Last week, my husband took our kids to a local lake to look for meteorites. Yes, meteorites!
Okay, they were micrometeorites to be more specific, but nonetheless, the kids were able to find and hold something that came from millions of miles away in space. Can you think of a cooler way to spend a Wednesday afternoon?! 🙂
What’s a micrometeorite and why are they on the beach?
As meteorite expert John Beauford says:
Pieces of rock and metal frequently collide with Earth’s upper atmosphere. Most of these are no bigger than a golf ball but are traveling at tens of thousands of kilometers per hour. The atmosphere is very thin at this altitude of 80 to 100 kilometers (50 to 62 miles), however, it creates enough friction to cause these travelers from space to heat up to temperatures that make them burn brightly. These are the fireballs in the sky that are rightly called meteors, although they are often referred to as “shooting stars.”
Most meteors burn up completely in the atmosphere and never reach the ground. Those that survive the trip and reach the surface of Earth are called meteorites. While it is generally believed that meteorites are fairly rare, in reality about 30,000 tons of extraterrestrial material are deposited on Earth each year; bits of comets, chunks of asteroids, debris from the formation of our solar system more than four billion years ago. So why aren’t meteorites seen more often sitting on the ground? First of all, the largest portion of this material falls into the oceans, and secondly, most of the material that reaches the surface is microscopic, much too small to be noticed. These are the tiny specimens known as micrometeorites. As tons of micrometeorites fall each year, they gently land in our fields, on our homes, and on us.
There are lots of experiments online that recommend using rainfall, rooftops and visits to Antarctica to collect micrometeorites. Many involve waiting weeks (or an awfully long field trip). Since we’re sort of an impatient family, we wanted to do something that would require a little less time and effort. Our way is not quite as scientific as an expedition to Antarctica, but it is a great way to spark excitement about science.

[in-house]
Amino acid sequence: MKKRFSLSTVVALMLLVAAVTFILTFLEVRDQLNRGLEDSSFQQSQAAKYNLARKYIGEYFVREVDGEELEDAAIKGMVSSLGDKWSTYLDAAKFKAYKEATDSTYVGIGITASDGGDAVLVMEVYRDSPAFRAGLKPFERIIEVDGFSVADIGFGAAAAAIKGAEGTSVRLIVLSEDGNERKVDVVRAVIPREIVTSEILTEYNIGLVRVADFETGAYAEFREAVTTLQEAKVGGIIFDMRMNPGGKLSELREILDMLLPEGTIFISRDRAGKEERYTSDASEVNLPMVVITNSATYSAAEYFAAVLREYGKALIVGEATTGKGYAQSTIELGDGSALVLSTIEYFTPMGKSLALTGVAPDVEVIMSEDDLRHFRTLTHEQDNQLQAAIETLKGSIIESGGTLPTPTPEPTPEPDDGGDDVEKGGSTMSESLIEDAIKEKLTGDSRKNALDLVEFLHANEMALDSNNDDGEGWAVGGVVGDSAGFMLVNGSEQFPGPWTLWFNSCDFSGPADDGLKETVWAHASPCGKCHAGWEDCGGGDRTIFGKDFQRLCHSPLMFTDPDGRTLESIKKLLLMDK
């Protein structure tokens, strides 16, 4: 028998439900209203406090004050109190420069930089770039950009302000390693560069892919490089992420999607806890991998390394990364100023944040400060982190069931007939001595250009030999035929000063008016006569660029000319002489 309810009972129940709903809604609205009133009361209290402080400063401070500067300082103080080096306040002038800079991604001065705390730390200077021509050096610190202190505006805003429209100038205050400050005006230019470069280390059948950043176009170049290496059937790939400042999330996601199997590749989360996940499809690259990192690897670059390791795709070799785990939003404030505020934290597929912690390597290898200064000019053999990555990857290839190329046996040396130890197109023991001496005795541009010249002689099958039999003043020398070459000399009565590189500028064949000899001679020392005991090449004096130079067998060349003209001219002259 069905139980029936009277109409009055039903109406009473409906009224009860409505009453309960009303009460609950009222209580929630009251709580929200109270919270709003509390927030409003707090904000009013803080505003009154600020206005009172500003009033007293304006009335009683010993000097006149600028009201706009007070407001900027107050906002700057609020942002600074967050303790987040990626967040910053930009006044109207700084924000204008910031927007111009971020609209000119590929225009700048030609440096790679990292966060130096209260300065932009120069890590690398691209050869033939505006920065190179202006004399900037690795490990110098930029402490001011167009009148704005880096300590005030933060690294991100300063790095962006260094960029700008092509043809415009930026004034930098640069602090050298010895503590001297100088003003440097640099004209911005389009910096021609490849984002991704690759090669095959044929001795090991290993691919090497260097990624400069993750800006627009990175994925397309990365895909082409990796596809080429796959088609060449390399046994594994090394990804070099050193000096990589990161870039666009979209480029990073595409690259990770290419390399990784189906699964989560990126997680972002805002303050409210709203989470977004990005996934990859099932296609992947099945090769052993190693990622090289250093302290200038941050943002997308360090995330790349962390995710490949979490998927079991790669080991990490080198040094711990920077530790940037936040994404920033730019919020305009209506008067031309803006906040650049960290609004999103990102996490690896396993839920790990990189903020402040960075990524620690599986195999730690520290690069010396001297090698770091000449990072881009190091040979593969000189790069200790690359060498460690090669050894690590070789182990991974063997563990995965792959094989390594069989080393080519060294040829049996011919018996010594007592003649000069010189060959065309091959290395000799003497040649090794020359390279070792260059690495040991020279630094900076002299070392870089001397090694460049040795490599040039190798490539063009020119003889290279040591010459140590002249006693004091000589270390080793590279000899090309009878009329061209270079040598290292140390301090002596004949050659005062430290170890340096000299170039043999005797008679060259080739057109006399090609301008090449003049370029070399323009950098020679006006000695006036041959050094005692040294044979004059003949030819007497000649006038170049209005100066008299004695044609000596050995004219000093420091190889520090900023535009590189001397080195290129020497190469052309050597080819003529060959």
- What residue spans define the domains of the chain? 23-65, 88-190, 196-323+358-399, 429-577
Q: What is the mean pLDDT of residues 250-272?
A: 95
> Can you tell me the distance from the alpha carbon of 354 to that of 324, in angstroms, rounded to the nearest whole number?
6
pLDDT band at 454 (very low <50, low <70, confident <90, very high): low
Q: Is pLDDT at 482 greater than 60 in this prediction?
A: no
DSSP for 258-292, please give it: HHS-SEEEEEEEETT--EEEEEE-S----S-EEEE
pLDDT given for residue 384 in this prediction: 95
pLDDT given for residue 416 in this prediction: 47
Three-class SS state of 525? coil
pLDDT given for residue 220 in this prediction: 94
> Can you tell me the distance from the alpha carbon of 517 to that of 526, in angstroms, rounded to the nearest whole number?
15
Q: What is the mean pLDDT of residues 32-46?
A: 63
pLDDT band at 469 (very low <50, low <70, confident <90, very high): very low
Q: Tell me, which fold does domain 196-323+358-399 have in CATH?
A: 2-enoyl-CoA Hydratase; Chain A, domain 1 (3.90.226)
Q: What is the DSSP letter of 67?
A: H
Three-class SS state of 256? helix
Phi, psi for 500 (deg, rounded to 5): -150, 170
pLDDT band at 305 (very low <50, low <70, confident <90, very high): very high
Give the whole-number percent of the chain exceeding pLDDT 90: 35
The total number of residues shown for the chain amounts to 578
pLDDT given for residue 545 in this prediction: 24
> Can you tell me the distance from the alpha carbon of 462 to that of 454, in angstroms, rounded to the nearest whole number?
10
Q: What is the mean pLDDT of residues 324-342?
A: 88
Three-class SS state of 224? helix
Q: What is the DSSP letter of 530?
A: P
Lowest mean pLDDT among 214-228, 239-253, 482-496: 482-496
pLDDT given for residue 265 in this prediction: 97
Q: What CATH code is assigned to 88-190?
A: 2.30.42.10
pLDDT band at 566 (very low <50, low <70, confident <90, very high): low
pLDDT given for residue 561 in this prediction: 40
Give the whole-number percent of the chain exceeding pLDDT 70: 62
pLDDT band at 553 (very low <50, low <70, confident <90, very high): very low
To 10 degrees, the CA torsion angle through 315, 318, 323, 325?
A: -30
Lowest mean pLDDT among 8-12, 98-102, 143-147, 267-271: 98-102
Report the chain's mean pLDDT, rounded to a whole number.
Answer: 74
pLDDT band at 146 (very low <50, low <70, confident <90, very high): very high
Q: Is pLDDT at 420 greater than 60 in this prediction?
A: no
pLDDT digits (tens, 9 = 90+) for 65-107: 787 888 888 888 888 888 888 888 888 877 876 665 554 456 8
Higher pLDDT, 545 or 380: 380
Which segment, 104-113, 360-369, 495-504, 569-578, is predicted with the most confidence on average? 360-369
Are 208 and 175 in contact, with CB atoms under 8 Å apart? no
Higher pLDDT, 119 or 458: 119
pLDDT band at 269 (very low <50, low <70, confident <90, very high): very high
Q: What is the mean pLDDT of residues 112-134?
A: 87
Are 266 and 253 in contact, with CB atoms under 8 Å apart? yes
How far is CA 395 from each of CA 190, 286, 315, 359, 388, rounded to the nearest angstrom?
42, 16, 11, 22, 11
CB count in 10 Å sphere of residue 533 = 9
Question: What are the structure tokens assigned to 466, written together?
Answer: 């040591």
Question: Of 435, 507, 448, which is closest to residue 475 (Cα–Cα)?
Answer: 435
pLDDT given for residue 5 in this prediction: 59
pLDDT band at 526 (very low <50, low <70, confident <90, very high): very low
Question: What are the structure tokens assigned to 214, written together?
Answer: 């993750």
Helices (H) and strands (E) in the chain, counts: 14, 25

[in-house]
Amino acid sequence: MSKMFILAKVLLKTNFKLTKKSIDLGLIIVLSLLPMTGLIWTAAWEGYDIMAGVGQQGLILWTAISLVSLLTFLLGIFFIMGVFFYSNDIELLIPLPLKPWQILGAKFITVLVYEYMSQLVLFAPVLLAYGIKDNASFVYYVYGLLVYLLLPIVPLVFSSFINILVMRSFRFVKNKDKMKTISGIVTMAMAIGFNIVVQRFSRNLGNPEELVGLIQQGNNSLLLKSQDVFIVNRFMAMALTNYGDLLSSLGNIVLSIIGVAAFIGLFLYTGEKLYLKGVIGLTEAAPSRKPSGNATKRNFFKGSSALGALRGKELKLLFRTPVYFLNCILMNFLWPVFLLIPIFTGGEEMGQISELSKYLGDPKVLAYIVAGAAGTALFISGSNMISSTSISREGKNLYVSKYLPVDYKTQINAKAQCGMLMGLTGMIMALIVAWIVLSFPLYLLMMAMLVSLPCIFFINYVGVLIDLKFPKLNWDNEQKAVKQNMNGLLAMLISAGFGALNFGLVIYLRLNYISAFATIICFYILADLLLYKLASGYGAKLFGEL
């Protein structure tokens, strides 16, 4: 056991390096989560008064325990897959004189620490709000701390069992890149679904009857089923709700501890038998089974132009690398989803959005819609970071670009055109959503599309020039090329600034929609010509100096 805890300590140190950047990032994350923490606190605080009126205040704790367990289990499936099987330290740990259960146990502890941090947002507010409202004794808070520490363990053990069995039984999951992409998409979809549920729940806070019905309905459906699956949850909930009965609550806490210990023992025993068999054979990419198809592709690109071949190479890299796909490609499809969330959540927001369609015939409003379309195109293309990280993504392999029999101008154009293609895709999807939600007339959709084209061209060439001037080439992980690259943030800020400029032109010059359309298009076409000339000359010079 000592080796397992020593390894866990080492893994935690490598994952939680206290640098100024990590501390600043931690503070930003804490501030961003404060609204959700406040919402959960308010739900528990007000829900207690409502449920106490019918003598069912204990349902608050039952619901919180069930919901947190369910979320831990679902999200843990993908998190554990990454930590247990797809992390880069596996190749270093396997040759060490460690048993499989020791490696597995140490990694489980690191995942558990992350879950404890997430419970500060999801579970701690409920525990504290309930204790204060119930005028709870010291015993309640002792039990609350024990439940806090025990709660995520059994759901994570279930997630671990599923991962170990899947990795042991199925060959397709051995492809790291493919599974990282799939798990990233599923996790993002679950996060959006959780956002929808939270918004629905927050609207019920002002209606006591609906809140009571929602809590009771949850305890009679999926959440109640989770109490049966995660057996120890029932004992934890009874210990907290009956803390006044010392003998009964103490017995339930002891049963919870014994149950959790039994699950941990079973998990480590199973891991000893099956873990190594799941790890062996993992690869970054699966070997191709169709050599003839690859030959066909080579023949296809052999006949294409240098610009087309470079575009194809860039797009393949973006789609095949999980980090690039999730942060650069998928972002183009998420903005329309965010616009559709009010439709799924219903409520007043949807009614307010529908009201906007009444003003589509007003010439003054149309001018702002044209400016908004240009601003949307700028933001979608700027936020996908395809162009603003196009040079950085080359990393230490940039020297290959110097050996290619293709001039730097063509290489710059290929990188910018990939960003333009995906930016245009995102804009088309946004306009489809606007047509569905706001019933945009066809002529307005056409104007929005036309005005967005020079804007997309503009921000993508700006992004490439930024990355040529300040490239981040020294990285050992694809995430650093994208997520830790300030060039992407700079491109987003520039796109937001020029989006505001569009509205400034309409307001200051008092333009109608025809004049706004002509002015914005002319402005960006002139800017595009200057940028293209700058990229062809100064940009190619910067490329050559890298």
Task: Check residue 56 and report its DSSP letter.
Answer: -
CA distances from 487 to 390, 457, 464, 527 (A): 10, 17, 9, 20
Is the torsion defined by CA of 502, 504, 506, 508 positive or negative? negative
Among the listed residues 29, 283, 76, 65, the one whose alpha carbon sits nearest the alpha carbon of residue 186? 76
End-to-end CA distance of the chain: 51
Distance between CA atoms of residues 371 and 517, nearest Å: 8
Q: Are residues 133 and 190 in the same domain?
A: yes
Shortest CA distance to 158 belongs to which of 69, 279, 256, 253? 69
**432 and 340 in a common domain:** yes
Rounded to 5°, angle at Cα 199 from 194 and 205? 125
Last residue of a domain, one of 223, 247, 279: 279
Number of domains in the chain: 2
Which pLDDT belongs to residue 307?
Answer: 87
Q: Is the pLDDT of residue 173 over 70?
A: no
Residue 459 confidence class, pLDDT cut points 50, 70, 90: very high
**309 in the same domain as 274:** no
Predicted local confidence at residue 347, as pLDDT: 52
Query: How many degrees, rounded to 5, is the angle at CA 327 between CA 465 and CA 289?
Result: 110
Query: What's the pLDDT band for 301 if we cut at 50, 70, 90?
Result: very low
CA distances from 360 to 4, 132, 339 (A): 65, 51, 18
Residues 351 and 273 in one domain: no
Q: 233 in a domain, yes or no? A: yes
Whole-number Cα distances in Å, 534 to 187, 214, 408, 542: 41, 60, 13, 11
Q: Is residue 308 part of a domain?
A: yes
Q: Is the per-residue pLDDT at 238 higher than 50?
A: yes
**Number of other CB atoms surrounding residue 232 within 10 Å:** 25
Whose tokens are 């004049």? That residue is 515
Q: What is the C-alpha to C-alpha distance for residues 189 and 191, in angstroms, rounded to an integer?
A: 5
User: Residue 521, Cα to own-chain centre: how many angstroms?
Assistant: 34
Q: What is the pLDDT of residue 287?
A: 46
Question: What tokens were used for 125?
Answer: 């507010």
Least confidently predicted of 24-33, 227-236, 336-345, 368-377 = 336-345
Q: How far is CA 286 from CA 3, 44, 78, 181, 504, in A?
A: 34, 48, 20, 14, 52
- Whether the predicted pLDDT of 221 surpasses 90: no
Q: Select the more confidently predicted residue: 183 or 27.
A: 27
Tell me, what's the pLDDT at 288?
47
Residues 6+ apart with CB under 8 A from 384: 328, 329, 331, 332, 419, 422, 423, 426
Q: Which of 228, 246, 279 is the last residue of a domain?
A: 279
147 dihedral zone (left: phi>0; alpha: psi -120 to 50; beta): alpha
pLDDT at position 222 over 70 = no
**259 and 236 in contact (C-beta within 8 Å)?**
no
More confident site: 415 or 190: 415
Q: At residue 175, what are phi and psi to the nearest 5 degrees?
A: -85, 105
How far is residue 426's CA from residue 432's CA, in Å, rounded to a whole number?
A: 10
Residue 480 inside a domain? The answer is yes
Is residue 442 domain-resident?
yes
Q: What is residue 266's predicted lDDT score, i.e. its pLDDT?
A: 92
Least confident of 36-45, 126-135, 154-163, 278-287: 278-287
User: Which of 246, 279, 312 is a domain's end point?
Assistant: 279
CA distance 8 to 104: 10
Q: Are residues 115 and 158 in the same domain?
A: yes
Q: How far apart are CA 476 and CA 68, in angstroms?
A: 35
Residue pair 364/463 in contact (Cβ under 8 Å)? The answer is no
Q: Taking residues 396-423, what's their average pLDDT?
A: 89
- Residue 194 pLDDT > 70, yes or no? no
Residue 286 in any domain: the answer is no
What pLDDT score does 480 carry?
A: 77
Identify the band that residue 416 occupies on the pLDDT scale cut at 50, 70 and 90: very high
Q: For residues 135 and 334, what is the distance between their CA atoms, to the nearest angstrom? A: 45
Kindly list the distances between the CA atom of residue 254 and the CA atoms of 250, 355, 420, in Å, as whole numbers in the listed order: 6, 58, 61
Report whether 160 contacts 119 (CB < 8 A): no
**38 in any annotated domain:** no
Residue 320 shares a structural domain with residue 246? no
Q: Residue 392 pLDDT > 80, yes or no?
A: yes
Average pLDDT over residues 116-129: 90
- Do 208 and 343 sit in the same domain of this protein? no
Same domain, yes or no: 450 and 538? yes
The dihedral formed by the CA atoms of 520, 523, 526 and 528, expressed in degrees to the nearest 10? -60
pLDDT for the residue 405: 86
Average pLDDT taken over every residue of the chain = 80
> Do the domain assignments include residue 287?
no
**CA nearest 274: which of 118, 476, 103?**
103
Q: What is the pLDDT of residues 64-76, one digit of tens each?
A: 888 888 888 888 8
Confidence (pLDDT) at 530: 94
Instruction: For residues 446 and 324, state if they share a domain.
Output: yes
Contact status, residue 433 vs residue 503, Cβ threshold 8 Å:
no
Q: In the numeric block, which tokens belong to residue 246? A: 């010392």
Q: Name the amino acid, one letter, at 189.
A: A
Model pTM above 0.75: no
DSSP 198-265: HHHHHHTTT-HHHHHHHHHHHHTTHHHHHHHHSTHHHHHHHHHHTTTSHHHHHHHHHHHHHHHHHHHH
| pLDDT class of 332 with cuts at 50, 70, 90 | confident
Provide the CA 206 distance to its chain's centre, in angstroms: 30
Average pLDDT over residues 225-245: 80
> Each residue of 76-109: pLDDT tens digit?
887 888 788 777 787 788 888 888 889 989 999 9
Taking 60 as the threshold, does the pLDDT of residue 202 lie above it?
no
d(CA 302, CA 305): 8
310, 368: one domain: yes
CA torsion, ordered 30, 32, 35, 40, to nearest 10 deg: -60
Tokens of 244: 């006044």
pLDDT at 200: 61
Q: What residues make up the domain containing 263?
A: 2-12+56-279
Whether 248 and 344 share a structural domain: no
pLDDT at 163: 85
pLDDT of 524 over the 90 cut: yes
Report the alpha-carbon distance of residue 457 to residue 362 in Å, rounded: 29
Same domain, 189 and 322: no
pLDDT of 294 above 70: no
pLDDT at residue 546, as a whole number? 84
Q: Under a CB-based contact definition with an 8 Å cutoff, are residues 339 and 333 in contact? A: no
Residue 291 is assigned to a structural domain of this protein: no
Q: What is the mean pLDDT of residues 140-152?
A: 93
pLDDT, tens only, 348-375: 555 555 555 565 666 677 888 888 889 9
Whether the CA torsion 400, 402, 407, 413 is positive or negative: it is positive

And it involves hanging out at the lake, which is pretty nice too.
Here’s how our family did it…
What they needed:
They used a large magnet “pick up tool” like this one but any strong magnet will do. This type is nice because you can pull the handle to release the magnetic pull. They also used a plastic sandwich bag, a string and a piece of white paper.
What they did:
They took the magnet, tied a string on the handle, and walked along, swinging the magnet just barely over the sand (and sometimes dragging it through it). After about 10 feet, they’d go to the shore where they had a piece of printer paper on the ground. They’d hold the magnet over the paper and pull the release, so the particles fell on the paper (sometimes they had to scrape them off the side as well). Once it was all on the paper, they’d fold it to make a pour spout and put it in a collecting bag.
If you don’t have a pull-release magnet, simply put a strong magnet in a sandwich bag and proceed the same way. When you want to release the magnetic grains, simply hold the magnet in the bag over the paper and withdraw the magnet from the bag. The particles will then fall to the paper.
Why it works:
Minnesota is certainly not the best place to find a meteorite, since those are most easily found in dry, desert regions. That said, tens of thousands of tons of meteorite dust fall every year all over the earth. These particles fall everywhere — even in our back yards and at our lakes. Meteorites contain iron, which is magnetic. Earth rocks are not magnetic, though they can contain magnetic particles (and other particles you can find will be magnetic too, of course).
There are detractors out there who tell you that this type of experiment won’t get only micrometeorites because other magnetic particles are out there, particularly from industrial pollution. That may be, and you can explain to the children that some of the magnetic particles will probably not be micrometeorites. But the fact is that some of them are, and that sort of fact is exactly the sort of fact that gets children really excited about astonomy.
Who’s going to get in the way of that?
Furthermore, this is a great dilemma to discuss with the children. Talk about how you might be able to tell the difference. Could you tell by looking at the particles under a microscope? Micrometeorites are supposed to be cyllindrical from their fall through the atmosphere. Some of the other types of magnetic particles would be and others would not. Are there any tests you could perform or other ways to identify the real micrometeorites from the imposters?
The book We Dare You (the Kindle version is only $1.99) talks about how to find meteorites at the beach (with similar instructions) and also gives instructions on how to harvest micrometeorites from rainwater in gutters if you’re not near a beach. You can read the instructions for both here.
This article originally appeared on examiner.com.
This post contains affiliate links. Thanks for your support!